Yield as contextual keyword (was: Call for bikeshed -- break replacement in expression switch)
amaembo at gmail.com
Thu May 23 00:46:19 UTC 2019
I agree: compromise strategy is the best option. It should be less
surprising to users. E. g. consider that yield is a vararg method to
produce several values at once. Use would be pretty surprised when removing
an argument makes code incompilable.
With best regards,
ср, 22 мая 2019 г., 22:45 Brian Goetz <brian.goetz at oracle.com>:
> We’ve been drilling into the spec and implementation of yield as a
> contextual keyword. We have three possible strategies, all of which are
> specifiable and implementable, but with tradeoffs.
> The “dumb strategy” would be to say that `yield` is a keyword when it
> appears in the first position of a statement production (e.g., after an
> open brace or a semicolon.). This is simple to spec, and simple to
> implement, but it doesn’t so do well with variables named `yield`:
> yield = 3;
> if (foo)
> yield += 3;
> yield = 4;
> The “smart strategy” says that `yield` is a keyword only within the
> context of the YieldStatement production; the rest of the time it is an
> identifier. This is also simple to spec, and does the right thing in all
> unambiguous cases, but requires unbounded lookahead, which compiler
> implementations may not like. The one ambiguous case is
> which would match both YieldStatement and ExpressionStatement, and here we
> bias towards YieldStatement. Naked yield() invocations can qualify the
> The “compromise” strategy is like the smart strategy, except that it
> trades fixed lookahead for missing a few more method invocation cases.
> Here, we look at the tokens that follow the identifier yield, and use those
> to determine whether to classify yield as a keyword or identifier. (We’d
> choose identifier if it is an assignment op (=, +=, etc), left-bracket,
> dot, and a few others, plus a few two-token sequences (e.g., ++ and then
> semicolon), which is lookahead(2).
> The main difference between the compromise strategy and the smart strategy
> is the handling of method invocations that are not unary:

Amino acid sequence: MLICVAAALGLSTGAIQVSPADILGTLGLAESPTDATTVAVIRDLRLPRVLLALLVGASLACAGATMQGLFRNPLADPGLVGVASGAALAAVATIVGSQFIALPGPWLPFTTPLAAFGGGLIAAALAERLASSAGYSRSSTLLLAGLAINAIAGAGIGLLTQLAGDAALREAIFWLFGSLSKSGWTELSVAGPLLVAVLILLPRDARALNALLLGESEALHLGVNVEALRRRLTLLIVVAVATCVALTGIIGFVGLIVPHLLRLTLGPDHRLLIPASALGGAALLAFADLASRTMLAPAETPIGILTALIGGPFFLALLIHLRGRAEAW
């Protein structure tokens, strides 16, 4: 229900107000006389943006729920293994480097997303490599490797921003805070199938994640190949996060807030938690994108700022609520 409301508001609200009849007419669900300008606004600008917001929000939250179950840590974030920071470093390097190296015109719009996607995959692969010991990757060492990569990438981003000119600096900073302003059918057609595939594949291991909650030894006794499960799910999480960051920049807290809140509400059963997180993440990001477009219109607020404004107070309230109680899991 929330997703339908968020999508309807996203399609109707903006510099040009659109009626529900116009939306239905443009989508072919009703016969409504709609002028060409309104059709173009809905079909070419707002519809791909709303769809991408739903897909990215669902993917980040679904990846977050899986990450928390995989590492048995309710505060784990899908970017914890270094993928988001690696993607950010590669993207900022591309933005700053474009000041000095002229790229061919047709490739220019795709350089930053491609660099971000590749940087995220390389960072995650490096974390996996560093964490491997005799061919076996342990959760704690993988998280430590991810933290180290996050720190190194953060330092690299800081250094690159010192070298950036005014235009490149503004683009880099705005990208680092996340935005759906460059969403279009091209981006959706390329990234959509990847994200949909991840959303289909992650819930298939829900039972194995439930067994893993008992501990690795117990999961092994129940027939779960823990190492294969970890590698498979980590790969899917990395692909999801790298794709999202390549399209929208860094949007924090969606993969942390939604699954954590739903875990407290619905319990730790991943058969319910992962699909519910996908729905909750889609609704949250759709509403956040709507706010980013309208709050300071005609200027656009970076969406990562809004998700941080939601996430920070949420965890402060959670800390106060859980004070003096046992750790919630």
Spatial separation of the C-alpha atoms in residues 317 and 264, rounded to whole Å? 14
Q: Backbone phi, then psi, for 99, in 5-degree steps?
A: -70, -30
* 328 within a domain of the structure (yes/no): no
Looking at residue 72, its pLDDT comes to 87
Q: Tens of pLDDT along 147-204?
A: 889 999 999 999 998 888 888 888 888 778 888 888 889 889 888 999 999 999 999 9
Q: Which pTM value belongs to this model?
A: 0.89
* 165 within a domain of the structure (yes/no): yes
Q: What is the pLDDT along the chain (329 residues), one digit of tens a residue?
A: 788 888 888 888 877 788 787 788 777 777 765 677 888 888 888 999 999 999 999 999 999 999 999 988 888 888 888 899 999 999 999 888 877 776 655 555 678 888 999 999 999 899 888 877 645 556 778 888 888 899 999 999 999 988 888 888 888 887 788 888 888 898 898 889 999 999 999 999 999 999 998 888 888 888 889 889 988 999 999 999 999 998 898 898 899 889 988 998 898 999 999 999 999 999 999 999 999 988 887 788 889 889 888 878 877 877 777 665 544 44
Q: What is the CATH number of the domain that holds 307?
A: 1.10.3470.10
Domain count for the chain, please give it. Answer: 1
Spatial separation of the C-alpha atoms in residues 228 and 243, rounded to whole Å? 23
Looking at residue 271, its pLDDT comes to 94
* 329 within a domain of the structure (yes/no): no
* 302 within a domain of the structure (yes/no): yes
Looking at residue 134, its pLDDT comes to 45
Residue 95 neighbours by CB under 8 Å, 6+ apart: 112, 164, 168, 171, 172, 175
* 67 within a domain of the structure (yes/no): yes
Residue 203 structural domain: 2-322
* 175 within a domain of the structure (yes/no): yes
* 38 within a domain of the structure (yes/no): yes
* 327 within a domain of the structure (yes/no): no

> yield(3, 4)
> In the smart strategy, we’d figure out that this is a method call; in the
> compromise strategy, we’d require qualification just as we do with the
> unary method.
> The compromise strategy misses some cases we could parse unambiguously,
> but also offers a simpler user model: always qualify invocations of methods
> called yield when used as expression statements. And it offers the better
> lookup behavior, which will make life easier for IDEs.
> So my recommendation here is the compromise strategy.
> > On May 21, 2019, at 10:50 AM, Tagir Valeev <amaembo at gmail.com> wrote:
> > I discussed this with colleagues and can confirm that for IntelliJ
> > IDEA parser it will be no problem to always consider yield as a
> > statement. At least it's much easier than to consider it as a
> > statement inside switchy blocks only.
> > With best regards,
> > Tagir Valeev.
> > On Tue, May 21, 2019 at 12:38 PM Tagir Valeev <amaembo at gmail.com> wrote:
> >>> So does this (option B plus your No) mean that IDEs would tend to
> color "yield" as a keyword (at the beginning of a statement) even if
> followed by "("?
> >> My "No" was mostly against options C and D where symbol resolution
> >> affects the parse tree. Sorry if it wasn't clear from my message. When
> >> the context for the parsing is available inside the same Java file,
> >> it's usually ok. See the 'var' restricted keyword:
> >> var var = 10; // first is highlighted as type, second as local variable
> >> var = 20; // var is highlighted as local variable, despite it's at the
> >> beginning of a statement.
> >> var(1); // var is highlighted as a method call, despite it's at the
> >> beginning of a statement.
> >> We have no very big problems parsing this.
> >> With best regards,
> >> Tagir Valeev.
> >> On Tue, May 21, 2019 at 2:52 AM John Rose <john.r.rose at oracle.com>
> >>> On May 20, 2019, at 8:24 AM, Tagir Valeev <amaembo at gmail.com> wrote:
> >>>> Assuming that we agreed on 'yield' the option B seems the most
> attractive. A big No to context-specific parse tree. It's a complete pain
> to IDEs. Don't forget that IDE often deals with incomplete code, missing
> dependencies, etc., and still needs to provide reasonable highlighting and
> completion. Imagine that 'yield' method is available via import static
> Foo.* or superclass. In this case we don't want to look into other files to
> build a correct parse tree.
> >>> So does this (option B plus your No) mean that IDEs would
> >>> tend to color "yield" as a keyword (at the beginning of a
> >>> statement) even if followed by "("?
> >>> I suppose that would work. It's hard to predict what that
> >>> would feel like, but it's logical.
> >>> — John
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